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- Subject: Re: [ANN] Lift 0.1 looking for early adopters
- From: Thiago Bastos <tbastos@...>
- Date: Tue, 16 Feb 2016 21:35:16 +0000
I love that you're reconciling your projects with the vanilla Lua ecosystem. To be honest I had looked into Luvit roughly a year ago and was simultaneously impressed and put off by the fact that it was a separate ecosystem and didn't "improve" upon Node.js. I always thought a Lua rendition of Node.js exploiting coroutines and other Lua features could make Node.js look feeble by comparison. I'm happy that you're addressing both issues :-)
I think I see the reasons why you couldn't use luarocks and had to create lit. In my idealistic opinion, however, I think both ecosystems (Luvit and LuaRocks) would be better off by joining forces in the future. It would be awesome if Lua had only one package manager, and you could install Luvit/weblit from it.
If you feel the same, I would love to hear what you think would be necessary for a merger. A new package manager?
Personally I'd be in favor of a new decentralized package manager based on just Lua and libuv. If possible with legacy support for LuaRocks packages. Could it be LuaRocks 3.0? Lit 2.0?
I just wanted to chime in here as the creator of Luvit.
First I think Lift is a great project. I'm glad my luv bindings are helping others.
Secondly, the comparison is accurate for luvit proper, but there is much more to the luvit ecosystem than just the luvit metapackage.
The luvit package aims to be a complete node.js port in lua. This is why it's callbback based and has very similar APIs.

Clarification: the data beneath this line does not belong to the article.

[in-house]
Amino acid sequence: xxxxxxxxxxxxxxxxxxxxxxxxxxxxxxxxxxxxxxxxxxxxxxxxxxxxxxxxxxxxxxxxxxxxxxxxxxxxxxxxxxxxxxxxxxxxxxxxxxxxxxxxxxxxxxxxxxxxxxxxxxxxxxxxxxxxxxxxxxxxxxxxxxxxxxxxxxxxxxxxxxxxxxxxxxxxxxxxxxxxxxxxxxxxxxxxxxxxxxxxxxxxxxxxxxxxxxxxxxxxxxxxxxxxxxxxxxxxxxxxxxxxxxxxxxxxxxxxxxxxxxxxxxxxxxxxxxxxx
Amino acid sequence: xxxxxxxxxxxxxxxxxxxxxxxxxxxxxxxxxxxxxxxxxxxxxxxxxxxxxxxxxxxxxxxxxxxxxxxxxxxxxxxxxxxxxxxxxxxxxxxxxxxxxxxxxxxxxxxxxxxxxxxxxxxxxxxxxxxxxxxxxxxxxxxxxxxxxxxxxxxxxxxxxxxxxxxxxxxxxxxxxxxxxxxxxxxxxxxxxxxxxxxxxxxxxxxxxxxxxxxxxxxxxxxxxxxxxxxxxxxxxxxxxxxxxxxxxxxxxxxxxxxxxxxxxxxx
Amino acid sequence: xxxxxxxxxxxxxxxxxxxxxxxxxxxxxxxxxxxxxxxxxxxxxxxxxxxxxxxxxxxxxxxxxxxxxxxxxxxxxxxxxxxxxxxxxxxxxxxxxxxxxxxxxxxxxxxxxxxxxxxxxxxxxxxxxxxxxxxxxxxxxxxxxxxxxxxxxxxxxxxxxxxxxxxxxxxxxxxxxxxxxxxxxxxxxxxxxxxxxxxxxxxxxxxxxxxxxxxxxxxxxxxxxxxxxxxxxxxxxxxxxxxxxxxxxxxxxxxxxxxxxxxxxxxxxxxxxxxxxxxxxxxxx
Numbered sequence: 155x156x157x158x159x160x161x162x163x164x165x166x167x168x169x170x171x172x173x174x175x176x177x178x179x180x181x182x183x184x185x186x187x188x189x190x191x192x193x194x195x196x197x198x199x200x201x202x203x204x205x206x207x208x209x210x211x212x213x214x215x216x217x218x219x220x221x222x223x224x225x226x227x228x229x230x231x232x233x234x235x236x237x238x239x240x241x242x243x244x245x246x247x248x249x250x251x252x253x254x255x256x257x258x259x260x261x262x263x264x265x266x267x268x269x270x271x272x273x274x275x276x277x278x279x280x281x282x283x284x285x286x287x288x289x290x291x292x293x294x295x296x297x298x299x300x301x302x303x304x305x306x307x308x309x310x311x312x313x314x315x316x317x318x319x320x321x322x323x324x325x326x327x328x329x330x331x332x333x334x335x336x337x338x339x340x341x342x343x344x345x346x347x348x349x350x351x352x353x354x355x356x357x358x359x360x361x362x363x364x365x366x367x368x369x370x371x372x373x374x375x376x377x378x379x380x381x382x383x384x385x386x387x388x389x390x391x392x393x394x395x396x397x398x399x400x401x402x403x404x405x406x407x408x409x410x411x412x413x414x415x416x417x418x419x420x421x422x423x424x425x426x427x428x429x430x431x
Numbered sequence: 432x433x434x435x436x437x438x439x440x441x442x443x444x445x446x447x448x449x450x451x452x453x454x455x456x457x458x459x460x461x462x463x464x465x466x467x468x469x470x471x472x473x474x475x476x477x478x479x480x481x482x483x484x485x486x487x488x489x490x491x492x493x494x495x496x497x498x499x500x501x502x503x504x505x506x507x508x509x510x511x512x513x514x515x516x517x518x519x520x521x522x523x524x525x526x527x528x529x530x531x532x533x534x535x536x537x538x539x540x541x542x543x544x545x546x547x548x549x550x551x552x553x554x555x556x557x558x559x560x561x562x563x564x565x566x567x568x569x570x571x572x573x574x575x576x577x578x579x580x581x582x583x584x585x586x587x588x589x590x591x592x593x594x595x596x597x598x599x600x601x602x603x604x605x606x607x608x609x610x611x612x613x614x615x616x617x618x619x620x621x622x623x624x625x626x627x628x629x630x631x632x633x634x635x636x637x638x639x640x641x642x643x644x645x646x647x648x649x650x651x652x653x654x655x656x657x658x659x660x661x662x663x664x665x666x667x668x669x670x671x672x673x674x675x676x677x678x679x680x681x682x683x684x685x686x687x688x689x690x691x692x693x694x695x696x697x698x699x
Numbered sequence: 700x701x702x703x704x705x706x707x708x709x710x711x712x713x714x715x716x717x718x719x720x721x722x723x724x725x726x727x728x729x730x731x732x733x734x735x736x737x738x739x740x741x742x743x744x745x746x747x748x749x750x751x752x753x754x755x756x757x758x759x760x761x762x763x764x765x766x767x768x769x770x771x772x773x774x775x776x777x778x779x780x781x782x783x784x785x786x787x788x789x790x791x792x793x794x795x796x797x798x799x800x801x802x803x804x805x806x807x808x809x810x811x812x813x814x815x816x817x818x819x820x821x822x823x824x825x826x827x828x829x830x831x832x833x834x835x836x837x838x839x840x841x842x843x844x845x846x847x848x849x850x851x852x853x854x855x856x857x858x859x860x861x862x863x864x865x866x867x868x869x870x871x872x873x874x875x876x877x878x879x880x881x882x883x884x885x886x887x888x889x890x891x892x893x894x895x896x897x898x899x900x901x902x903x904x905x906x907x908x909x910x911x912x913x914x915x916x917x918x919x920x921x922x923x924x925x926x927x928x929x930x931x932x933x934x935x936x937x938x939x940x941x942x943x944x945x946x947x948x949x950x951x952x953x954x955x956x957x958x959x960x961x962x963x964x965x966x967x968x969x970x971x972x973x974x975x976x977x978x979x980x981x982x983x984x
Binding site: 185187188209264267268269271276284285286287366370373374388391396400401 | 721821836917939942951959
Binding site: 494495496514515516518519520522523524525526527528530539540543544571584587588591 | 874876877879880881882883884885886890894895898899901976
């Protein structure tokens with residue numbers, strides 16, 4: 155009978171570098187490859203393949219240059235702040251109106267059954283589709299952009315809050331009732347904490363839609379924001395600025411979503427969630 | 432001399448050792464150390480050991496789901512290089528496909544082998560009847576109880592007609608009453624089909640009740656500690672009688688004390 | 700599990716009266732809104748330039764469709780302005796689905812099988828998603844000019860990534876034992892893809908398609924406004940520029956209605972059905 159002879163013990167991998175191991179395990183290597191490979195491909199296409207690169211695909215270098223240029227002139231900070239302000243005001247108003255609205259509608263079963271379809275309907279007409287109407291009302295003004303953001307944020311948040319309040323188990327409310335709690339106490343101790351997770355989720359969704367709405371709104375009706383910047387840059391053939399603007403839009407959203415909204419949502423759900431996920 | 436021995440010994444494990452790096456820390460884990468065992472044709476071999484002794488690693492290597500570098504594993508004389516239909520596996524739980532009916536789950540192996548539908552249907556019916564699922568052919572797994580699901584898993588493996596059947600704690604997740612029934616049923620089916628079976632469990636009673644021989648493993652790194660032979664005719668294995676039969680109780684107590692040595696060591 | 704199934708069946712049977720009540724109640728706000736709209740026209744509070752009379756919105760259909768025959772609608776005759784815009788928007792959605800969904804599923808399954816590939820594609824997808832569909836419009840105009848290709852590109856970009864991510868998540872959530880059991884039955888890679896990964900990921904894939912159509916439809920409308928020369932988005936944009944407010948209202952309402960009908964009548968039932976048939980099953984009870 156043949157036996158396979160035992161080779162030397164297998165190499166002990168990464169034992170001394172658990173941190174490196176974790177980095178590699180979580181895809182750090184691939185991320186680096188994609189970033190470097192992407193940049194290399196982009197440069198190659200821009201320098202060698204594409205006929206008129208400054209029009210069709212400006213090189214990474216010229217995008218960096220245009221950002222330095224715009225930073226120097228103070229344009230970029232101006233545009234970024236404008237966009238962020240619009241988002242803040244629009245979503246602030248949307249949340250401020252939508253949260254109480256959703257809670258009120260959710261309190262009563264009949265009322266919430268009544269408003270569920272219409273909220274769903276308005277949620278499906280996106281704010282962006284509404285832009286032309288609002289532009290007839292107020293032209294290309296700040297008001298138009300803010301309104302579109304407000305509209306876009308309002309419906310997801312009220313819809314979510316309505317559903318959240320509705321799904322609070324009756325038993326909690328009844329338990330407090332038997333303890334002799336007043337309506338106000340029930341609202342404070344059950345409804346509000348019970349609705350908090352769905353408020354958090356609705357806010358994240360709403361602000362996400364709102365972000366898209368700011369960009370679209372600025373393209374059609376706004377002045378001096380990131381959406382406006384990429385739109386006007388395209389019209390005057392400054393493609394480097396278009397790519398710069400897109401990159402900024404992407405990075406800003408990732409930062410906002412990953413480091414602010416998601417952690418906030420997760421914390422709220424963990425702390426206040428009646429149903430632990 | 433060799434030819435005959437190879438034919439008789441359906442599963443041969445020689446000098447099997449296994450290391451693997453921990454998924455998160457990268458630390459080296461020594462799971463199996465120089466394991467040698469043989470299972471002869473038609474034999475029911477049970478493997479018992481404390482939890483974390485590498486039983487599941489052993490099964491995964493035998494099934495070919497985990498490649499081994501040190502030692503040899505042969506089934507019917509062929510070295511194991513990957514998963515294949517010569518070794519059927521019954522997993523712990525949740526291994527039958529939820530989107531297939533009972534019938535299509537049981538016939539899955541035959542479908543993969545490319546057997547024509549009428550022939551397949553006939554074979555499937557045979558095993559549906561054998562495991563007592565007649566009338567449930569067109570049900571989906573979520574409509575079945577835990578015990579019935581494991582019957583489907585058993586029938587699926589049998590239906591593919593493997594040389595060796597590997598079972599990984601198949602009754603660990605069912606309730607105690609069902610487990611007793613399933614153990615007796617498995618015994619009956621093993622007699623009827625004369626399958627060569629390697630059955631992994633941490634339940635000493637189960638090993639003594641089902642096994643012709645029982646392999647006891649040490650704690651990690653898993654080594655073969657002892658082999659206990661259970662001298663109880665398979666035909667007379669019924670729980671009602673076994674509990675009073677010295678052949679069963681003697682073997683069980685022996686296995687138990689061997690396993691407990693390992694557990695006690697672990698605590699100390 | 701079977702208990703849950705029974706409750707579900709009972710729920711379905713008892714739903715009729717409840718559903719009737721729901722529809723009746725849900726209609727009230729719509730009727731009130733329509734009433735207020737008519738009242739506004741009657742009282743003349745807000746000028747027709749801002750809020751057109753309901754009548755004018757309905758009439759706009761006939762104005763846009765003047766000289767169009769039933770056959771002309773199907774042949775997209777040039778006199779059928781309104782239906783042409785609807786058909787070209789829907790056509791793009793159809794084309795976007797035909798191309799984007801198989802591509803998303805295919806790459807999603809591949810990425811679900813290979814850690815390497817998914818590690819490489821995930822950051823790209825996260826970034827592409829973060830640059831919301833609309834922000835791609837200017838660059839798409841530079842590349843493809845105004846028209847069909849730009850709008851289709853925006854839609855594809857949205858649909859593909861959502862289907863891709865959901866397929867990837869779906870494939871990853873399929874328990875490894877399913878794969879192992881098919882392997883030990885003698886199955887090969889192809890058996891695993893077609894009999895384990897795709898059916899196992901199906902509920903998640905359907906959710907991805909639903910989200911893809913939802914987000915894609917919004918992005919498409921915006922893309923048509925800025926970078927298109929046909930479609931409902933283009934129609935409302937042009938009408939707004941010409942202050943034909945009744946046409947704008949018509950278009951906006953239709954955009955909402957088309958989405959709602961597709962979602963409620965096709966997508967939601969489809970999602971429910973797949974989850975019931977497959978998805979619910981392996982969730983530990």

That said, I'm not a fan of callbacks in lua. I think it's a shame to have native coroutines in a language and not use them.
For the last year or so, I've been writing apps and libraries using luv, but with coroutines for servers and clients. The lit package manager itself it implemented at a luvi app (not luvit) and doesn't use luvit's standard library. It has it's own coro-* libraries that are much easier to use. I've also written an HTTP web framework on top of these coro-* conventions at https://github.com/creationix/weblit
I'm sorry that I haven't documented this new development as well as I should for newcomers to find it.
If you want to do task automation, Lift looks great. If you want to write TCP servers, use the coro-* libraries published to lit. https://luvit.io/lit.html#coro
Also I've recently been working on an effort to make luvit's ecosystem more widely available to non-luvit developers. Most all the popular libraries are now in a format that can be used by lua directly without luvit's custom require loader. I've even written a custom lua loader that implements a lit compatible path resolution algorithm, but uses lua's native require (and so mixes freely with luarocks packages).
If anyone is interested, I can write up a blog post on using these libraries from vanilla lua.